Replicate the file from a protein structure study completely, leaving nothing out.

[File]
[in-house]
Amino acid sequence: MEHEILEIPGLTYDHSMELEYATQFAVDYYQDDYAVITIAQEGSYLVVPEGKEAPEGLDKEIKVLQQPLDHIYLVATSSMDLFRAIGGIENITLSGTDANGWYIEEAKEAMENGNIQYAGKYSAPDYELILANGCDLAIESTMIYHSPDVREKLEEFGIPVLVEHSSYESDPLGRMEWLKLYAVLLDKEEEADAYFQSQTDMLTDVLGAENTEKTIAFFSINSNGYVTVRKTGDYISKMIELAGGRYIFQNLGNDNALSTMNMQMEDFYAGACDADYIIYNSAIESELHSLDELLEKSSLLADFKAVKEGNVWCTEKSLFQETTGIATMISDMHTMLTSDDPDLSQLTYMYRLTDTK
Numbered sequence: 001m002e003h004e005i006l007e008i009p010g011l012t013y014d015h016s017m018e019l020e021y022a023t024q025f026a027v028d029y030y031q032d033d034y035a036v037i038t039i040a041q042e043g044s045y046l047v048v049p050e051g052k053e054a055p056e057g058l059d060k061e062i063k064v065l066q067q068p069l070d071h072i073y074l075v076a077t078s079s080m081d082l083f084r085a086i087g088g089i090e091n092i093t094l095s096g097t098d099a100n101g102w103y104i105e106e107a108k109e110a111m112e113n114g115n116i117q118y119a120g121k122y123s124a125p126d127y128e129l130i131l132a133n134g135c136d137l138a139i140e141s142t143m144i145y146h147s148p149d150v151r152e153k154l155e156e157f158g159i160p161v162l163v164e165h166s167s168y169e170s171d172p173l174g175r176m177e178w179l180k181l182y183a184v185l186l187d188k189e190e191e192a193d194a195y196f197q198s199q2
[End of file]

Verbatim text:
[in-house]
Amino acid sequence: MEHEILEIPGLTYDHSMELEYATQFAVDYYQDDYAVITIAQEGSYLVVPEGKEAPEGLDKEIKVLQQPLDHIYLVATSSMDLFRAIGGIENITLSGTDANGWYIEEAKEAMENGNIQYAGKYSAPDYELILANGCDLAIESTMIYHSPDVREKLEEFGIPVLVEHSSYESDPLGRMEWLKLYAVLLDKEEEADAYFQSQTDMLTDVLGAENTEKTIAFFSINSNGYVTVRKTGDYISKMIELAGGRYIFQNLGNDNALSTMNMQMEDFYAGACDADYIIYNSAIESELHSLDELLEKSSLLADFKAVKEGNVWCTEKSLFQETTGIATMISDMHTMLTSDDPDLSQLTYMYRLTDTK
Numbered sequence: 001m002e003h004e005i006l007e008i009p010g011l012t013y014d015h016s017m018e019l020e021y022a023t024q025f026a027v028d029y030y031q032d033d034y035a036v037i038t039i040a041q042e043g044s045y046l047v048v049p050e051g052k053e054a055p056e057g058l059d060k061e062i063k064v065l066q067q068p069l070d071h072i073y074l075v076a077t078s079s080m081d082l083f084r085a086i087g088g089i090e091n092i093t094l095s096g097t098d099a100n101g102w103y104i105e106e107a108k109e110a111m112e113n114g115n116i117q118y119a120g121k122y123s124a125p126d127y128e129l130i131l132a133n134g135c136d137l138a139i140e141s142t143m144i145y146h147s148p149d150v151r152e153k154l155e156e157f158g159i160p161v162l163v164e165h166s167s168y169e170s171d172p173l174g175r176m177e178w179l180k181l182y183a184v185l186l187d188k189e190e191e192a193d194a195y196f197q198s199q2